I was a lucky one because after the trauma of giving evidence, after a court case that went on a week longer than expected, after 3 of the most tortuous days I have ever sat through waiting, jumping every time my phone went off – after all of this, when the phone finally rang, my SOIT officer, who, after frosty early months, I had actually come to like and rely on, delivered me from the torture with one small word in a delighted voice. Guilty.
I am one of the 6% of women who report rape to the police who get to hear that word. I am a ‘lucky’ one. Then why do I feel so bad?
I feel so bad because despite getting a guilty verdict I still don’t understand anything, not what happened that night or what happened in court. In fact I seem to have less resolution now than I did before I started this.
I went into our justice system hoping for a place where I could begin to understand. I wanted court to be a place where we both laid down our versions of events, where he could begin to understand what had gone so catastrophically wrong and where I could begin to understand why. Perhaps, again, this was me being naïve, but I honestly thought court might give us a chance to do that.
I couldn’t have been more wrong. The court process was basically just a chance for two barristers who had only been handed the facts the morning of the court case to wade through them with a highlighter and decide what points to fight on. It was a process about process, about who had dotted their I’s and crossed their T’s, rather than about truth. The police were so happy to have won, not for me, but because for once they weren’t the ones to have fucked up. They actually said as much. I learnt nothing, and understood even less.
And it has left me even more unsure about whether I have done the right thing. Undoubtedly we need our justice system to work to fight against the rape culture we live in. But with the doubts I personally have about the current justice system and about what happens within our prison system, I can never be sure if I agree that this was the right course of action for me.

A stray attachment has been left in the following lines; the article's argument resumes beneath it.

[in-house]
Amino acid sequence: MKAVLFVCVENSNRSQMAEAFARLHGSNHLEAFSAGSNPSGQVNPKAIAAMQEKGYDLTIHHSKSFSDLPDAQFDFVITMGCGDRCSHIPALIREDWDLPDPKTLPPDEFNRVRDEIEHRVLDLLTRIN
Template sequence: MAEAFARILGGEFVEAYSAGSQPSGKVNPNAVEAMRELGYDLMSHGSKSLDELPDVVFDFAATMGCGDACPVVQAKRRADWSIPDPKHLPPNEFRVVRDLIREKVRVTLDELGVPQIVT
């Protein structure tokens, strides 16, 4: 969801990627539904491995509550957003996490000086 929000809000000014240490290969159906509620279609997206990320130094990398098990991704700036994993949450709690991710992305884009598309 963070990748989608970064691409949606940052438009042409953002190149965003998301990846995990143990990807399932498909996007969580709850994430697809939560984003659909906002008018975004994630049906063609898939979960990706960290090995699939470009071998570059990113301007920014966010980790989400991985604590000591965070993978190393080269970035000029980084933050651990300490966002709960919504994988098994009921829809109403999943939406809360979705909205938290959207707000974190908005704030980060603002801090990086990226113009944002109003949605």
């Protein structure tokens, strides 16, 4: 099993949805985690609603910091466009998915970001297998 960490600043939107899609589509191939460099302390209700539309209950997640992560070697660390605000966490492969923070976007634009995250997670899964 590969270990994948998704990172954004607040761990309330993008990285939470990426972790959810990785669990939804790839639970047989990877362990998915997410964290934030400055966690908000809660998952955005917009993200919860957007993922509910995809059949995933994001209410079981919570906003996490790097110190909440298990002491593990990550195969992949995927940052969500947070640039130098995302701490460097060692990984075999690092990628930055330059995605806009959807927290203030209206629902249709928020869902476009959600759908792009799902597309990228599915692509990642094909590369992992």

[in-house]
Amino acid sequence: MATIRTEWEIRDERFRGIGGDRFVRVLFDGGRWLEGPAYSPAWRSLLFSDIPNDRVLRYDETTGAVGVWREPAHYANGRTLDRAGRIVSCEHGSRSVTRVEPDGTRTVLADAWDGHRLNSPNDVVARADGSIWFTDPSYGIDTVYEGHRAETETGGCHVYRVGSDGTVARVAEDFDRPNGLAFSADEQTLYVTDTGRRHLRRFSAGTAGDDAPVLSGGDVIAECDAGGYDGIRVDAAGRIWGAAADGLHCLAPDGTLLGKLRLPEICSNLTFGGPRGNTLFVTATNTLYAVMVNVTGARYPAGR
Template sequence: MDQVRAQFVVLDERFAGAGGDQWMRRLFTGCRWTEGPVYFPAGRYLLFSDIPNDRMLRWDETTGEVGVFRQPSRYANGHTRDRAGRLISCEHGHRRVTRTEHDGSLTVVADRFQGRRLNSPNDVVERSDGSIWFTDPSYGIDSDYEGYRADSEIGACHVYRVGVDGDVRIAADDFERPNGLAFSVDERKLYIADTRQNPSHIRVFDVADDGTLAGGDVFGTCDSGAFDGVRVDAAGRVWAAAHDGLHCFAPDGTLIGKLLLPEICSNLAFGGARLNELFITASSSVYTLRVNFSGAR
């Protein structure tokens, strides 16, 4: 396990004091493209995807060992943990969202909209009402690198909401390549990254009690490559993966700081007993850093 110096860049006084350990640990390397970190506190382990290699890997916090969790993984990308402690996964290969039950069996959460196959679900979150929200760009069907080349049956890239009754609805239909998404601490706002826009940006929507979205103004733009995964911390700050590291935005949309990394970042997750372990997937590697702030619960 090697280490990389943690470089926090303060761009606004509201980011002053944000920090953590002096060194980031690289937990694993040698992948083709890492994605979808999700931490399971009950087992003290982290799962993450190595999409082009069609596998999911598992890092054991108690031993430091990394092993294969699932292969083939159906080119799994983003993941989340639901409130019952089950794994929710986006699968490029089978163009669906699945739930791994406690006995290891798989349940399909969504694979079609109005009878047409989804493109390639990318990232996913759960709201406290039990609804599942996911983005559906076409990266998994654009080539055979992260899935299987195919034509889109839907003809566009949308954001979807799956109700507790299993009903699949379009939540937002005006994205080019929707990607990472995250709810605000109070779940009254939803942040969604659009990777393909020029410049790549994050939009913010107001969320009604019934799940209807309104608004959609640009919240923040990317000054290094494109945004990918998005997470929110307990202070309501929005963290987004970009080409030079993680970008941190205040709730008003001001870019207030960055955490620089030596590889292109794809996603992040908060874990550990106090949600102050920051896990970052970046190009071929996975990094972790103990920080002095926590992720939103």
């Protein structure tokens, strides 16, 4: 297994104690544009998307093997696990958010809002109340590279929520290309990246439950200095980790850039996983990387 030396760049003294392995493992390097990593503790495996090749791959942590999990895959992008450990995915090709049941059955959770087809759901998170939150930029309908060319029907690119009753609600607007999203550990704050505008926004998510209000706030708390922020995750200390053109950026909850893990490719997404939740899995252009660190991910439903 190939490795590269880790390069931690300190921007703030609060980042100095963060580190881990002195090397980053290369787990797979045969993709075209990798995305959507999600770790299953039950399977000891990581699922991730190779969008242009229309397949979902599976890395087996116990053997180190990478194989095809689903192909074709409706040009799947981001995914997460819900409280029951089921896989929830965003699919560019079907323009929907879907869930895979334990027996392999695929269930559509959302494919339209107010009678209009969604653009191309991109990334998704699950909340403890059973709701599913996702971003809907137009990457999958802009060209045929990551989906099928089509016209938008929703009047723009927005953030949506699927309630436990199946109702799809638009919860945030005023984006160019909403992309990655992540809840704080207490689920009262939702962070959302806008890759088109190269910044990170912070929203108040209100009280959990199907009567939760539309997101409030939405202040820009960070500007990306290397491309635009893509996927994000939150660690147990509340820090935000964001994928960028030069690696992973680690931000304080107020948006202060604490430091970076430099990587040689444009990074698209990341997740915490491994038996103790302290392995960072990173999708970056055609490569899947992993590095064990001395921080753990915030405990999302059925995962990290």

Without an understanding of what really happened in that courtroom and what he was really thinking, I am left with less than what I started with. I am left not only with the trauma of what actually happened, but also with the trauma I encountered throughout the court case. And perhaps worse than the trauma, I am left with the guilt of my insecurity over what the right thing to do was. My brain will just not turn off as it goes over it all again and again, questioning, wondering. I am also left feeling more scared than ever. Because one day he will get out of prison, so now I have to deal with the perpetual fear that he will come looking for me, and he will hurt me, or even worse, he will hurt someone I love. And so I’m still not quite sure this whole thing was worth it.
Perhaps with time I will feel different. I really do hope so, and I certainly don’t want to put people off doing what they think is right. Because for each person this happens to, this is a personal journey where different choices give different results and different ways of healing. But I can’t lie, I can’t sugar coat what it was like for me. Personally I think there are much better ways to heal and much better ways to fight than in our current justice system. That’s why now I know I have to start to fight for a better justice system, one that truly changes and transforms not just the survivor but also the perpetrator and the society we live in.
We live in a culture that is scared of the word rape. People don’t like to talk about it, they visibly flinch when you say it. But we live in a world where women are raped every minute of every day. Not just in India, but right here in the UK too. Not just by strangers, mostly by people they know. And until we can talk about that, how can we ever hope to make it better?
So that’s why I had to write this. If there’s one thing this whole process has done, it has been to take me from the scared young woman who was afraid to tell people what had happened for fear of judgment, to someone who wants to write about it, to talk about it, to shout about it. Because why shouldn’t I talk about it? I was raped, part of the reason I was raped is because we live in a rape culture. The judgment should be of my rapist and of society. It should not be a judgment on me.
All of us, women and men, have to start talking about rape. If we don’t talk about it, we are not only hiding from the truth of our society, we are hiding from ourselves. 45% of us will suffer some form of abuse because of the fact that we are a self defining woman. We live in a rape culture. Our current justice system can never hope to heal that. Only we together can. So let’s start talking. And let’s use the word. Rape. It happens. Here. Now. To someone you know.